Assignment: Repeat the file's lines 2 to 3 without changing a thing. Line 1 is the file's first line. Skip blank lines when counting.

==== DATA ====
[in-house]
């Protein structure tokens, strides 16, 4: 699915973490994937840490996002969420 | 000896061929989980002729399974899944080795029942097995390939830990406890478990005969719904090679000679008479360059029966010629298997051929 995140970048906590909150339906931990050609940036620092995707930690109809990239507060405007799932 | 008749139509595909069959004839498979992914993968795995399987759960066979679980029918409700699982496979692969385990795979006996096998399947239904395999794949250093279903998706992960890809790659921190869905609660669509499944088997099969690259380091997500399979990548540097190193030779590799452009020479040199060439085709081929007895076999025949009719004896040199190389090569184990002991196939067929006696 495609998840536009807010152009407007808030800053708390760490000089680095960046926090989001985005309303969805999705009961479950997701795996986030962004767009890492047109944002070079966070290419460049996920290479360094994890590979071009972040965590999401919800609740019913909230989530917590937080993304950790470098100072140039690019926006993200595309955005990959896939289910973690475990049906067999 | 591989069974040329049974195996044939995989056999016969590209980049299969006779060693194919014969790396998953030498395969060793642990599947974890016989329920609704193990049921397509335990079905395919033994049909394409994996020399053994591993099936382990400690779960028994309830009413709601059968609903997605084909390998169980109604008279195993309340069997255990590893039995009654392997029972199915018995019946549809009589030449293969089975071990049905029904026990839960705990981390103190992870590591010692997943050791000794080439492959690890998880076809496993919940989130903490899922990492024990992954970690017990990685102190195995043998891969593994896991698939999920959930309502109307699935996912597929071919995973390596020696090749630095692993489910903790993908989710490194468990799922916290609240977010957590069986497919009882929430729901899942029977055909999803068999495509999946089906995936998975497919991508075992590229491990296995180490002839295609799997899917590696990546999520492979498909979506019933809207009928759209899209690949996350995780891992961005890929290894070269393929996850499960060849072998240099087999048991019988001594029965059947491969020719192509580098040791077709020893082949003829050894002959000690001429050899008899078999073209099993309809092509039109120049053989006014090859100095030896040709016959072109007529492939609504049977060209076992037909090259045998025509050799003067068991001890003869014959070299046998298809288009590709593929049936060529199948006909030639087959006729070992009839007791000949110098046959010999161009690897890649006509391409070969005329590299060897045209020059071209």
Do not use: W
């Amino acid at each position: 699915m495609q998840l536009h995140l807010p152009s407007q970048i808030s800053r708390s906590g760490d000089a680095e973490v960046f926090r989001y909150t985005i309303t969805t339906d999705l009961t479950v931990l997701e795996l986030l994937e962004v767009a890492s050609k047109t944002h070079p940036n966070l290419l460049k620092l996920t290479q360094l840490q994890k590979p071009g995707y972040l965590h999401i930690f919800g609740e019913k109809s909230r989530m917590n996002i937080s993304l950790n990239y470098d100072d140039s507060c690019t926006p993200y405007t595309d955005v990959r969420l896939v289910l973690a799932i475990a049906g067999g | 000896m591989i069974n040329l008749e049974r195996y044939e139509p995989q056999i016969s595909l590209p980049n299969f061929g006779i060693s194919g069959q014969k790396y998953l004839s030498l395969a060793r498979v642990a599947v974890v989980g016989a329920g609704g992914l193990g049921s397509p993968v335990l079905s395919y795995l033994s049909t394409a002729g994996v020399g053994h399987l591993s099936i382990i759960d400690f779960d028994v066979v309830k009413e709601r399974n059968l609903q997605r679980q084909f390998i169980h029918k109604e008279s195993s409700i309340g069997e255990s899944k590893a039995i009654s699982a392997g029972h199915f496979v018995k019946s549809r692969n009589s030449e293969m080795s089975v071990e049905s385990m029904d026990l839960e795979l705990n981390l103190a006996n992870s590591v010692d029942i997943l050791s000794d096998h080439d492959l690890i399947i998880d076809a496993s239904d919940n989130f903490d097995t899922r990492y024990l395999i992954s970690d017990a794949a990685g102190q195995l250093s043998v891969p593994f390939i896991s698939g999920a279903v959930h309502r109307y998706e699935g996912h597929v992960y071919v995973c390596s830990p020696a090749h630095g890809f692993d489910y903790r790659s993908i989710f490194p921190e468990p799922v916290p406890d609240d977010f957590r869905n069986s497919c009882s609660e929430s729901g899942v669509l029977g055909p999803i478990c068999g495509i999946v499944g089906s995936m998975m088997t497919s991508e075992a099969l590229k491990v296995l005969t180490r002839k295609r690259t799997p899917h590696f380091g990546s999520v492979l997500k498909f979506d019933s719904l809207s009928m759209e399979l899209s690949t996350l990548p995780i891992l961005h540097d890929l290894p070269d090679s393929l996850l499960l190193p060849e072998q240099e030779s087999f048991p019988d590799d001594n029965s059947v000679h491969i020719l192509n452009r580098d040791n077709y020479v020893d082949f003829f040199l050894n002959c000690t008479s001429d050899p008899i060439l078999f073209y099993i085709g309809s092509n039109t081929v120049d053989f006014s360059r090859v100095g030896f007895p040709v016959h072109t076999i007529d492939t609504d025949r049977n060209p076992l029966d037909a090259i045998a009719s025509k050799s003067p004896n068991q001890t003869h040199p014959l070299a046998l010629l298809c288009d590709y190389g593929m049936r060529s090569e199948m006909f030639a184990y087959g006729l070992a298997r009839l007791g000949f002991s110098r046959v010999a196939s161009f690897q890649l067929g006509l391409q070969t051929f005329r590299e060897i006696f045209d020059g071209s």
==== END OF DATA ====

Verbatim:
């Protein structure tokens, strides 16, 4: 699915973490994937840490996002969420 | 000896061929989980002729399974899944080795029942097995390939830990406890478990005969719904090679000679008479360059029966010629298997051929 995140970048906590909150339906931990050609940036620092995707930690109809990239507060405007799932 | 008749139509595909069959004839498979992914993968795995399987759960066979679980029918409700699982496979692969385990795979006996096998399947239904395999794949250093279903998706992960890809790659921190869905609660669509499944088997099969690259380091997500399979990548540097190193030779590799452009020479040199060439085709081929007895076999025949009719004896040199190389090569184990002991196939067929006696 495609998840536009807010152009407007808030800053708390760490000089680095960046926090989001985005309303969805999705009961479950997701795996986030962004767009890492047109944002070079966070290419460049996920290479360094994890590979071009972040965590999401919800609740019913909230989530917590937080993304950790470098100072140039690019926006993200595309955005990959896939289910973690475990049906067999 | 591989069974040329049974195996044939995989056999016969590209980049299969006779060693194919014969790396998953030498395969060793642990599947974890016989329920609704193990049921397509335990079905395919033994049909394409994996020399053994591993099936382990400690779960028994309830009413709601059968609903997605084909390998169980109604008279195993309340069997255990590893039995009654392997029972199915018995019946549809009589030449293969089975071990049905029904026990839960705990981390103190992870590591010692997943050791000794080439492959690890998880076809496993919940989130903490899922990492024990992954970690017990990685102190195995043998891969593994896991698939999920959930309502109307699935996912597929071919995973390596020696090749630095692993489910903790993908989710490194468990799922916290609240977010957590069986497919009882929430729901899942029977055909999803068999495509999946089906995936998975497919991508075992590229491990296995180490002839295609799997899917590696990546999520492979498909979506019933809207009928759209899209690949996350995780891992961005890929290894070269393929996850499960060849072998240099087999048991019988001594029965059947491969020719192509580098040791077709020893082949003829050894002959000690001429050899008899078999073209099993309809092509039109120049053989006014090859100095030896040709016959072109007529492939609504049977060209076992037909090259045998025509050799003067068991001890003869014959070299046998298809288009590709593929049936060529199948006909030639087959006729070992009839007791000949110098046959010999161009690897890649006509391409070969005329590299060897045209020059071209």
Do not use: W